The Barents Observer has recently published an overview (pdf) listing the increasing number of reactors in the Russian Arctic. The paper is part of Barents Observer’s analytical popular science studies on developments in the Euro-Arctic Region.

According to the list there are 39 nuclear-powered vessels or installations in the Russian Arctic today with a total of 62 reactors. This includes 31 submarines, one surface warship, five icebreakers, two onshore and one floating nuclear power plants.

Looking 15 years ahead, the number of ships, including submarines, and installations powered by reactors is estimated to increase to 74 with a total of 94 reactors, maybe as many as 114. Additional to new icebreakers and submarines already under construction, Russia is brushing dust of older Soviet ideas of utilizing nuclear-power for different kind of Arctic shelf industrial developments, like oil- and gas exploration, mining and research. “By 2035, the Russian Arctic will be the most nuclearized waters on the planet,” the paper reads.

Also, existing icebreakers and submarines get life-time prolongation. The average age of the Northern Fleet’s nuclear-powered submarines has never been older than today. Several of the submarines built in the 1980s will continue to sail the Barents Sea and under the Arctic ice-cap until the late 2020s.

In August, Russia’s first floating nuclear power plant, “Akademik Lomonosov”, will be towed from Murmansk to Pevek, a port-town on the northeast coast of Siberia.

Other plans to use nuclear reactors in the Russian Arctic in the years to come include many first-of-a-kind technologies like sea-floor power reactors for gas exploration, civilian submarines for seismic surveys and cargo transportation, small-power reactors on ice-strengthen platforms.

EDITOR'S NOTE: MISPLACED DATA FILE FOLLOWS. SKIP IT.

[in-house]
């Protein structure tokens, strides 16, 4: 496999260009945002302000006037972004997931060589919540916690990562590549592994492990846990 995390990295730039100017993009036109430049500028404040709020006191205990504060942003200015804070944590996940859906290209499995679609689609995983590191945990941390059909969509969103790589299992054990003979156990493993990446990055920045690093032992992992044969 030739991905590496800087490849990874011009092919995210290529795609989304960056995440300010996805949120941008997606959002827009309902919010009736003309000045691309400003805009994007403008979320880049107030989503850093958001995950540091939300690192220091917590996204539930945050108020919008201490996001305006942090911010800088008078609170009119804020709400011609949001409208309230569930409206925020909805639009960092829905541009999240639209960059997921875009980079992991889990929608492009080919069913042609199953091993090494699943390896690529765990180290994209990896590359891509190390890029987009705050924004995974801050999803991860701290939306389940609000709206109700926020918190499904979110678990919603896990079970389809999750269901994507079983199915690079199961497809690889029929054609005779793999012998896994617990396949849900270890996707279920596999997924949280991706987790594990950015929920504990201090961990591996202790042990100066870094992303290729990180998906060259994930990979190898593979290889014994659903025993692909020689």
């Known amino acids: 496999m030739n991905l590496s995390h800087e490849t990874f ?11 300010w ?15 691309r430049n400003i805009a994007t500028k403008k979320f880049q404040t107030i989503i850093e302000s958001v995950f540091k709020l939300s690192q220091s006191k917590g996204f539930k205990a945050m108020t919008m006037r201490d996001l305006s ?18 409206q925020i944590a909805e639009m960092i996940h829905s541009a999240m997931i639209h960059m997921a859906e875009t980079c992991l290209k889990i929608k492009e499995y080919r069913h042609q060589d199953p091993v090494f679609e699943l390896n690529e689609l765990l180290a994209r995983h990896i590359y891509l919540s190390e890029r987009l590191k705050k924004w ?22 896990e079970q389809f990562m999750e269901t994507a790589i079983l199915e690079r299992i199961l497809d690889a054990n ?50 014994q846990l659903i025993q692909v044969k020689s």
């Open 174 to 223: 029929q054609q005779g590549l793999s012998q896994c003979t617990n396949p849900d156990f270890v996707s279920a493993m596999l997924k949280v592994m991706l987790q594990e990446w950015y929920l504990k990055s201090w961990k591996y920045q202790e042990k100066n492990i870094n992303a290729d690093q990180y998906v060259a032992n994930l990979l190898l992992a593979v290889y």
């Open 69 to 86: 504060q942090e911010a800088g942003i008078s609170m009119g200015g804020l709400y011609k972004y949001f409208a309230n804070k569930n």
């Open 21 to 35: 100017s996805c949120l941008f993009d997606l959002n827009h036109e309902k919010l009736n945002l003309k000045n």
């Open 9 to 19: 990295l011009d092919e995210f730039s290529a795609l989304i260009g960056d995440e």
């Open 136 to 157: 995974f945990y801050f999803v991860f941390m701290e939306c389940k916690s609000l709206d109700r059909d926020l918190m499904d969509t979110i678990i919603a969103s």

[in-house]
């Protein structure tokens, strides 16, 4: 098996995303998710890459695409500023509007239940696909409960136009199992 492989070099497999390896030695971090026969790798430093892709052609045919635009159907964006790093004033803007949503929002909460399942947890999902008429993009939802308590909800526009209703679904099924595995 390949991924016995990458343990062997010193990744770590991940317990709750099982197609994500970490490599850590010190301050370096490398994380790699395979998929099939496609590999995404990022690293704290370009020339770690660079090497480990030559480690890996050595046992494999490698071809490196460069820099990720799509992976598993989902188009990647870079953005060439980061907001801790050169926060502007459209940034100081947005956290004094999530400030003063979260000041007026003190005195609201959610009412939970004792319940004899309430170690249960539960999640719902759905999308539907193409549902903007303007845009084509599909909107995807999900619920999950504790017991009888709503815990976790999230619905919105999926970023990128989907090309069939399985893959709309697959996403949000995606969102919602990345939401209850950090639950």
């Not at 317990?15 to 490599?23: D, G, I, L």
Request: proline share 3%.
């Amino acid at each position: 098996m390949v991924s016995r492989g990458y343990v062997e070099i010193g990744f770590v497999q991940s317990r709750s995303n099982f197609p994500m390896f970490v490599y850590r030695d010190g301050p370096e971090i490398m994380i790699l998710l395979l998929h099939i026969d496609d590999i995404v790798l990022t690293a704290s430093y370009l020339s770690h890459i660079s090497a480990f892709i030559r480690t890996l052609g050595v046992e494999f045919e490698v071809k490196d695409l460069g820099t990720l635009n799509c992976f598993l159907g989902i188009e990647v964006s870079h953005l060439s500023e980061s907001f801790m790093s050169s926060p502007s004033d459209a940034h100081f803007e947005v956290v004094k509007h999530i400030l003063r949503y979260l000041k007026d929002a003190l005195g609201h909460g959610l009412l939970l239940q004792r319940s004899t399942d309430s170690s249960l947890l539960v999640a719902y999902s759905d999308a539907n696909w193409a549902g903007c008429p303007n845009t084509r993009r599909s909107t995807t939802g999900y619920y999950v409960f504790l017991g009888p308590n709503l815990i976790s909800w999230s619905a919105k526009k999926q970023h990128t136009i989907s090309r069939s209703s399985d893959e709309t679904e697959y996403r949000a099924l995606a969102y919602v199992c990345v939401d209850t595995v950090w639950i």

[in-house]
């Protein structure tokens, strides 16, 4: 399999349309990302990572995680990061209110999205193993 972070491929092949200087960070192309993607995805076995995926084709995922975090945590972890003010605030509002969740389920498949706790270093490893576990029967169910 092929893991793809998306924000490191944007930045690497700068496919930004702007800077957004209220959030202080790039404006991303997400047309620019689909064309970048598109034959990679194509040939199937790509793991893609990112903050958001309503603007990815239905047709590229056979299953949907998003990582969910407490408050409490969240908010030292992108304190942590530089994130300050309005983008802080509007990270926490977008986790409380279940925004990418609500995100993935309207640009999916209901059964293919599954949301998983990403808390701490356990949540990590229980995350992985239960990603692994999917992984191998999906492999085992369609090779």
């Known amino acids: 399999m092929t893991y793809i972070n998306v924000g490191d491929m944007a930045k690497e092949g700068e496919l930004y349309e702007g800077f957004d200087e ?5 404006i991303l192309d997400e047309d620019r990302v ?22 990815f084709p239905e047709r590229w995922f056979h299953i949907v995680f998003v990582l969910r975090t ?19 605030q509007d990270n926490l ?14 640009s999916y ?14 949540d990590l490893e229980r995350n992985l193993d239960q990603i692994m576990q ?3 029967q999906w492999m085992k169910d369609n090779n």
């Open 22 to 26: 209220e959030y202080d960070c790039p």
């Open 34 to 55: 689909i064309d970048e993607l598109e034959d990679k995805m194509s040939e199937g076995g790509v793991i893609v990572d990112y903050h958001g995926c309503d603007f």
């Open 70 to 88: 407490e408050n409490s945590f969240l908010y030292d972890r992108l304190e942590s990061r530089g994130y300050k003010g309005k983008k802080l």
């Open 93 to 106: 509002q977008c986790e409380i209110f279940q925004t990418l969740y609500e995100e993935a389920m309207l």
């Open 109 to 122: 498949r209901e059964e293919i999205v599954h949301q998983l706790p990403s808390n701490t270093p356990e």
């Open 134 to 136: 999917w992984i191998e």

In the military sphere, the Arctic could be used as testing sites for both Russia’s new nuclear-powered cruise-missile and nuclear-powered underwater weapons drone. Both weapons were displayed by President Vladimir Putin when he bragged about new nuclear weapons systems in his annual speech to the Federation Council last year.

An Arctic Council summary report, presented to the Ministerial Meeting in Rovaniemi in May as a deliverable by the Emergency Prevention, Preparedness and Response (EPPR) Working Group highlight the risks: “The presence of radiological and nuclear material in the Arctic poses a risk for serious incidents or accidents that may affect Arctic inhabitants and their communities, the Arctic environment, and Arctic industries, including traditional livelihoods such as fisheries and local food sources.”

For Norway, Russia and Iceland, a nuclear accident in the Barents Sea could be disastrous for sales of seafood. The three countries export of cod and other spices is worth billions of Euros annually.


December 12, 2019 Posted by | ARCTIC, safety | Leave a comment

Floating small nuclear reactors bring serious risks

nuclear experts have highlighted crucial negatives that cast doubt on the floating nuclear utopia.Jan Haverkamp, Greenpeace Netherlands senior expert nuclear energy and energy policy, sees the three main disadvantages of Akademin Lomonosov to be the big human factors risk, its problematic construction, and the pollution of the Arctic region with nuclear waste.

this project is reintroducing a major pollution risk in an area which functions as a climate regulator for the globe – “the Arctic pristine area, which is a very important natural area for the entire balance on the planet,”

Is floating nuclear power a good idea?  Power Technology  By Yoana Cholteeva, 9 Dec 19,  Floating nuclear power promises to provide a steady source of energy at hard-to-reach locations, but at the same time the dangers inherent in nuclear power make some question whether it’s safe enough for areas where help is hard to find. Is floating nuclear power really a good idea? Yoana Cholteeva investigates.

Russian nuclear company Rosatom announced the arrival of the world’s first floating nuclear power plant, Akademik Lomonosov, in September 2019 when the technology was transported to the port of its permanent location in Russia’s Far East. The 144m-long and 30m-wide vessel has now docked at the port in Pevek, off the coast of Chukotka, where it will stay before its commissioning next year.

Akademik Lomonosov will use small modular reactor technology and is equipped with two KLT-40C reactor systems with 35MW capacity each. It has been designed to access hard-to-reach areas where it can operate for three to five years without the need for refuelling. It also has an overall life cycle of 40 years, which may be extended to 50 years Continue reading